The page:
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Maximum slope for vehicles on mountainous roads

laistm

Does anyone know what is the maximum incline a vehicle can traverse on mountainous roads?

 
Feb 13, 07 6:41 am
whistler

In my experience and local building bylaws suggest;

5% for parking
8% for firetruck
12% for public Road
15-21% for driveway ( should be heated if you expect to drive on it in winter conditions)
Beyond that you'll need "the Hummer"

Feb 13, 07 12:10 pm
holz.box

or better yet, a defender. and pushing 30 mpg, a much more environmentally friendly alternative.

besides, don judd had one.

Feb 13, 07 12:24 pm
n_

i think they stopped importing defenders in 2003 because they weren't meeting emission standards. that's what my local land rover dealer told me.

Feb 13, 07 1:08 pm
holz.box

actually, they were manufactured specifically for the u.s., not imported. the defender stopped sales in the u.s. in 1998 due to regulations requiring air bags for both passengers and stricter side impact requirements, which couldn't be implemented without a major design change. instead, we get the disco (which looks like a clown car) and the freelander, which looks worse than the p.t. cruiser. the emissions for the defender are slightly better than the hummer, unfortuantely.

luckily you can still buy them used, and since over 65% of manufactured defenders are still on the road, they've got some life to them. i've been trying to get my uncle to offload his for years now. he uses it on his farm, and it's only got 20k miles on it (it's a '93 110)

Feb 13, 07 1:30 pm
whistler

Sorry I'm not a fan of the Hummer it was the first thing that came to mind!

On another note a house I did for a friend insisted on building on the lowest part of his property, and required a 25% driveway down. I told him it was a joke and that he was crazy but neighbors had done the same and it seemed "okay" two years after its been built he's never driven his car down to the garage... why would you listen to your architect they just draw stuff... hahahahaha!

Feb 13, 07 1:43 pm
Pacific

there's no way a defender will get 30mpg.
plus, as they've become a classic car (no longer available for sale - except used- in the states) people are asking astronomical prices for them. just seems counterintuitive as their beauty is in their basicness. really stomper truck like. similar reverse logic following the reissue of the beetle (no longer a car for the masses). i love the 90, but i could never afford one..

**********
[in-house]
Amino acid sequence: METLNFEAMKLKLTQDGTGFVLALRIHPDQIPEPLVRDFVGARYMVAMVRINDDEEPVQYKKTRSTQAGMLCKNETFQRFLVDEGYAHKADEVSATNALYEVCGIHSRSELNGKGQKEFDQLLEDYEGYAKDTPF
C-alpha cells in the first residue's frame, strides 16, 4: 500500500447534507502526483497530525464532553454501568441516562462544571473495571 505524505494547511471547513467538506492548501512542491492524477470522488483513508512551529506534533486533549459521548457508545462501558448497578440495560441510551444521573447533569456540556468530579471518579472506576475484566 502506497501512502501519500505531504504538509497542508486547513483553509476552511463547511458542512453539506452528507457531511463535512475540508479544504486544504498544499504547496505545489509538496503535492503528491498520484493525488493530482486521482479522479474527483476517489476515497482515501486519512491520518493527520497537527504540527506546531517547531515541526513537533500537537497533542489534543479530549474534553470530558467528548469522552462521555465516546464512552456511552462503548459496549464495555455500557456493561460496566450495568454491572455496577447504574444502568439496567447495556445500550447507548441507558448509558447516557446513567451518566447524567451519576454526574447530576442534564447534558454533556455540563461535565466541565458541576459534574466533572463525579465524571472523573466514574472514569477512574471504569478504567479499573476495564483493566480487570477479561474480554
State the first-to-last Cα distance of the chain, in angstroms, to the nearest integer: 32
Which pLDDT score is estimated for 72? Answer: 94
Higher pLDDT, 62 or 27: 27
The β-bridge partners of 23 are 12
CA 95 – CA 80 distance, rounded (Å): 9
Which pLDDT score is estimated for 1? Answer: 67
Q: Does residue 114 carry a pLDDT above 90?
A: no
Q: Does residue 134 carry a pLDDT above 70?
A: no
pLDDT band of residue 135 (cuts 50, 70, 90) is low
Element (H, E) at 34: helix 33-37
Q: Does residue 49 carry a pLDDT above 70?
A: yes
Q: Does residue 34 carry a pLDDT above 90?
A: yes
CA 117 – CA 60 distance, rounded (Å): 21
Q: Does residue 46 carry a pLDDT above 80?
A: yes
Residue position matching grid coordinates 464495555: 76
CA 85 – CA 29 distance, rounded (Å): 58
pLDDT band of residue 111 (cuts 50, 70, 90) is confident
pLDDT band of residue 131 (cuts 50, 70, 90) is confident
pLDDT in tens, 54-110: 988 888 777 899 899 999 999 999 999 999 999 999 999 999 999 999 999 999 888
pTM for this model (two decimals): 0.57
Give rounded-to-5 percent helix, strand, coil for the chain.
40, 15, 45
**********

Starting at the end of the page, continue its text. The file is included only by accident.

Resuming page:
Feb 13, 07 3:12 pm
holz.box

the latest defender gets 30 mpg.
the older ones are 15-20-ish.

Feb 13, 07 3:25 pm
Queen of England

most codes prohibit roads/driveways over 20%

Feb 13, 07 9:39 pm
laistm

the codes i refered to say not more than 1 in 8 but i was wondering if a 1 in 6 slope will work?

Feb 14, 07 1:06 am
treekiller

just because you 'could' build it, it would be awful and un-usable. if the code says 1 in 8, then you can't do 1 in 6.

time to figure out another solution to bring cars onto the site. maybe you need to hire an LA to do this for you...

Feb 14, 07 1:49 pm
whistler

No kidding Treekiller ...my "friends" driveway can't even be seen over the nose of my car.... how's someone suppose to drive and negotiate that????

Feb 14, 07 2:07 pm
le bossman

teton pass is about 10% and it is simply frightening in places

Feb 14, 07 3:11 pm
mikelocke

California State Route 108 claims to have a maximum slope of 26%.  CA SR-4 has a claimed maximum slope of 24%.  A small economy car can negotiate either of these roads, as can a pickup truck with a 2400 pound slide-in camper on top and I have seen a large 5th wheel towed by a pickup truck navigate SR-108 at a substantial speed.  Full length 18 wheel tractor-trailer rigs have trouble and I have seen one slide backwards down the hill.  Both SR-108 and SR-4 get closed when there is any snow accumulation on the road.

Not being able to see forward is an issue with the vertical curvature of the road rather than the slope.

That said, in areas of California that get snow if you expect a fire truck to be able to arrive in winter and help out with whatever emergency the limit is 7% grade.

High slope driveways also have run off and erosion issues.


Jan 21, 19 3:45 am

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